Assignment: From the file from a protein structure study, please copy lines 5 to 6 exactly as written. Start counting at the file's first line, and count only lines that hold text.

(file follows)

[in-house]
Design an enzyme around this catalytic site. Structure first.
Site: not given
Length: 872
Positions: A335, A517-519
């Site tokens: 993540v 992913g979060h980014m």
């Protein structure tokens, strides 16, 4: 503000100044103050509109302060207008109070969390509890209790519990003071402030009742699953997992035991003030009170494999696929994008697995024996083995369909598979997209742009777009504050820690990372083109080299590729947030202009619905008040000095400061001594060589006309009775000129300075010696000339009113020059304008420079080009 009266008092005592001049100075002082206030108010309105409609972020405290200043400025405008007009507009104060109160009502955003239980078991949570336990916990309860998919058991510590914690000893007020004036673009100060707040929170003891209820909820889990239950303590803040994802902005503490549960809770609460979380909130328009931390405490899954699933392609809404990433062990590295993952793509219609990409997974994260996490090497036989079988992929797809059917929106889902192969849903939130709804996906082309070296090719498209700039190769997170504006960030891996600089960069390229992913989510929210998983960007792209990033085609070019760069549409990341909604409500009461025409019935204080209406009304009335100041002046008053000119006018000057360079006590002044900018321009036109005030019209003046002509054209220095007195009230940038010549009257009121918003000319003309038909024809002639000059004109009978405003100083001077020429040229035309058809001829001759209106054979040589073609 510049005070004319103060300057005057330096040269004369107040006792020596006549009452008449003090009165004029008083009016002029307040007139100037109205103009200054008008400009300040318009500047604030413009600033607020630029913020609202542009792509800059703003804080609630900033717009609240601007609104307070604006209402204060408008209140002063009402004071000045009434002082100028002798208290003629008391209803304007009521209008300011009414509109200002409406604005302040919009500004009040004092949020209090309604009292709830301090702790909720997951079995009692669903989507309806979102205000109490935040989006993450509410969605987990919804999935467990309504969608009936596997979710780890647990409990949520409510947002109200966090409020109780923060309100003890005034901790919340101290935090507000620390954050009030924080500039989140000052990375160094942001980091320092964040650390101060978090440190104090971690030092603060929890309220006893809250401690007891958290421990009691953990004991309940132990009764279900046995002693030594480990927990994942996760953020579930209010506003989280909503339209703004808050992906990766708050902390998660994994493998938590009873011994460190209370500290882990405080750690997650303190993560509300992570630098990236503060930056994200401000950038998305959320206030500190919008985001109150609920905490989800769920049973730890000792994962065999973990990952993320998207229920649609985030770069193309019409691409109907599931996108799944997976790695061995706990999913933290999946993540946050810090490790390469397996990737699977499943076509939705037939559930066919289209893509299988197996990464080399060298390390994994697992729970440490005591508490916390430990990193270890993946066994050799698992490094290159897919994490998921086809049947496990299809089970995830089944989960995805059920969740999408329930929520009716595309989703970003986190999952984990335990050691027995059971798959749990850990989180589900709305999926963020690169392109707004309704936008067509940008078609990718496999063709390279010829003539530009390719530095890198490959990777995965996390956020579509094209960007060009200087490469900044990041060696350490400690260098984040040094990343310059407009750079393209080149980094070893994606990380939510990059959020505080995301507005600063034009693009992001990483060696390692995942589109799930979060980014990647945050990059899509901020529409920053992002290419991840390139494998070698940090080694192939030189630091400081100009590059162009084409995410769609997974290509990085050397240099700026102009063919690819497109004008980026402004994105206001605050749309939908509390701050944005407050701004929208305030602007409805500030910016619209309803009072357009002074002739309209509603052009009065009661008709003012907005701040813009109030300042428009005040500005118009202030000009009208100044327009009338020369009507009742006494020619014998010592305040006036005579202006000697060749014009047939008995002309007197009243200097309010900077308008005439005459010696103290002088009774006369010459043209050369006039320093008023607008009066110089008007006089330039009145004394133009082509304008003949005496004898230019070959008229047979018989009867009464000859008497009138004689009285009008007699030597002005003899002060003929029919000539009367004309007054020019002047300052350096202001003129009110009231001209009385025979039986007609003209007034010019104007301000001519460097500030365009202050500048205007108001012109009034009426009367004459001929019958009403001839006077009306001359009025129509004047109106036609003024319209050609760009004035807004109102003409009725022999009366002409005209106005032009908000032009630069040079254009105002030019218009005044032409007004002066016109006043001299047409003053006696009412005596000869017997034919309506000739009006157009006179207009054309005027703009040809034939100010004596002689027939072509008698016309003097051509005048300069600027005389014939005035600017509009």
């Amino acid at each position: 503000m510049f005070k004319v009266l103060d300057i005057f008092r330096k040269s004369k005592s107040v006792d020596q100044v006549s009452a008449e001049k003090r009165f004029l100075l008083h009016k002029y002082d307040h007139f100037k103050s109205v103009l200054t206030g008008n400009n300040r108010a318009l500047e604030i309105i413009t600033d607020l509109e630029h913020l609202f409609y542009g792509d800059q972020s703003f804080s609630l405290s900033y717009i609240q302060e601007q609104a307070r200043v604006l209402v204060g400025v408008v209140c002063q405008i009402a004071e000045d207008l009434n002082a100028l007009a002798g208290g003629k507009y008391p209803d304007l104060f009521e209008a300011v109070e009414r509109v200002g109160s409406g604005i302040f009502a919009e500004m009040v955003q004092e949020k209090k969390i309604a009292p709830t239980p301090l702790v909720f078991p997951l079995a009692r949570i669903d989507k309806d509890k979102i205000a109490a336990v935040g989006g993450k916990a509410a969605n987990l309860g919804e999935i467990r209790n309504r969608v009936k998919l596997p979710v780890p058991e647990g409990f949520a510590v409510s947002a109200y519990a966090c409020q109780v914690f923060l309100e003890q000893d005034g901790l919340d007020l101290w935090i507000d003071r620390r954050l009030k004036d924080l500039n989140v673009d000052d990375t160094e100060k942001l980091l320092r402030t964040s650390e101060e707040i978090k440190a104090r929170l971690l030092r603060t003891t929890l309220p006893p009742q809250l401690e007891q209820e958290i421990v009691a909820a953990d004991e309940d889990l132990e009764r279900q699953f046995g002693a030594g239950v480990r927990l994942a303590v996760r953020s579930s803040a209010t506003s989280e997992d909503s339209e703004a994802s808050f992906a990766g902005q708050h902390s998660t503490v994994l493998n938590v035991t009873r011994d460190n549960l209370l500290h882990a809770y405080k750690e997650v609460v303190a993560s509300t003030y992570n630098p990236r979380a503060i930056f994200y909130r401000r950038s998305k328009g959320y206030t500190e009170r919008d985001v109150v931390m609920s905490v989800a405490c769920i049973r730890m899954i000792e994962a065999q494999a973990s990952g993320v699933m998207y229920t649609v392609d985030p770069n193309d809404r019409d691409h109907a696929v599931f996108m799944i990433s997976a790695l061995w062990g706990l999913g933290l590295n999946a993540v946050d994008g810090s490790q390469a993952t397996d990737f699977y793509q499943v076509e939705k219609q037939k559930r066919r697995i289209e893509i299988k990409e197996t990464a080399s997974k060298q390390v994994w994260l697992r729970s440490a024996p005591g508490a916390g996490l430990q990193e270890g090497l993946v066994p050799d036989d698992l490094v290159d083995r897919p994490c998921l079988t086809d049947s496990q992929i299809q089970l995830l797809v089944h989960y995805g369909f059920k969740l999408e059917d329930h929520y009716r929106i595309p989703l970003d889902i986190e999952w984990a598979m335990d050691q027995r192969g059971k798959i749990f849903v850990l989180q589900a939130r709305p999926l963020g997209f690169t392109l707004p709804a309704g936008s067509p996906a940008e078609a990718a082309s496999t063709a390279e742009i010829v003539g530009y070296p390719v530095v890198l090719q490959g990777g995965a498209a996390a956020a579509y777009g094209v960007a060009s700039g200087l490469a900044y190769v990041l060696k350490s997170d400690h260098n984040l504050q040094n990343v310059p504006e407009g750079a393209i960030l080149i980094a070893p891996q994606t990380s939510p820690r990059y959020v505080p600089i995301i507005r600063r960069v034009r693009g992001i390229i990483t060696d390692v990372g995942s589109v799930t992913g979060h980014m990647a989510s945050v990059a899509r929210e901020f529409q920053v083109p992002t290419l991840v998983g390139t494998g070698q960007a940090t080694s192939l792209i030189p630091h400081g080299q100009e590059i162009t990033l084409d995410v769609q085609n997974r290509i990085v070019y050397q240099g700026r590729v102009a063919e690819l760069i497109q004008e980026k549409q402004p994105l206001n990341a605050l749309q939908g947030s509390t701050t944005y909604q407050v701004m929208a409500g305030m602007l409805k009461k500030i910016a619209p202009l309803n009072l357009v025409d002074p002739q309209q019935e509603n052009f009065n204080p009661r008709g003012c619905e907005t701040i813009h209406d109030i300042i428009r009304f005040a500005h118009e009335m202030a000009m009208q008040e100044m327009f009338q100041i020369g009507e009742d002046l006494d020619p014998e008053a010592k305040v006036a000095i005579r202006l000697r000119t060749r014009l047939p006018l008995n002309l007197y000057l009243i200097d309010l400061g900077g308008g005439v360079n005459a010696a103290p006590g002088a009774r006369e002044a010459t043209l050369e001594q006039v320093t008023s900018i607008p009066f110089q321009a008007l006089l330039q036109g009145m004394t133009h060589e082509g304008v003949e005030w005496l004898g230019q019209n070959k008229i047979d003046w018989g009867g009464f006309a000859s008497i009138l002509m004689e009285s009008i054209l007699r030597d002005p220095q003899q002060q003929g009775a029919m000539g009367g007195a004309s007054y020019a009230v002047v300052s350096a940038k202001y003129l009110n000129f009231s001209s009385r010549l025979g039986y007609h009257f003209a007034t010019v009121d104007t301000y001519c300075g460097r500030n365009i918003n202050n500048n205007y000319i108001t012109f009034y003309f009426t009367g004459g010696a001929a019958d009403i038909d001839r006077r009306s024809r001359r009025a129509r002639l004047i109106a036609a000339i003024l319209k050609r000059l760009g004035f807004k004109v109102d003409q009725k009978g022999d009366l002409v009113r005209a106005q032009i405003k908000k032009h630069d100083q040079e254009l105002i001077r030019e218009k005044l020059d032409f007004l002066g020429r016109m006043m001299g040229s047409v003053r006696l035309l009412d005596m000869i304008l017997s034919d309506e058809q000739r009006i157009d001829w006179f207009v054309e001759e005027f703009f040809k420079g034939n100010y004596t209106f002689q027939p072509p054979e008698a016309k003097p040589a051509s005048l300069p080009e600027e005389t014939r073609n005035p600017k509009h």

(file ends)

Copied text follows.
Positions: A335, A517-519
């Site tokens: 993540v 992913g979060h980014m």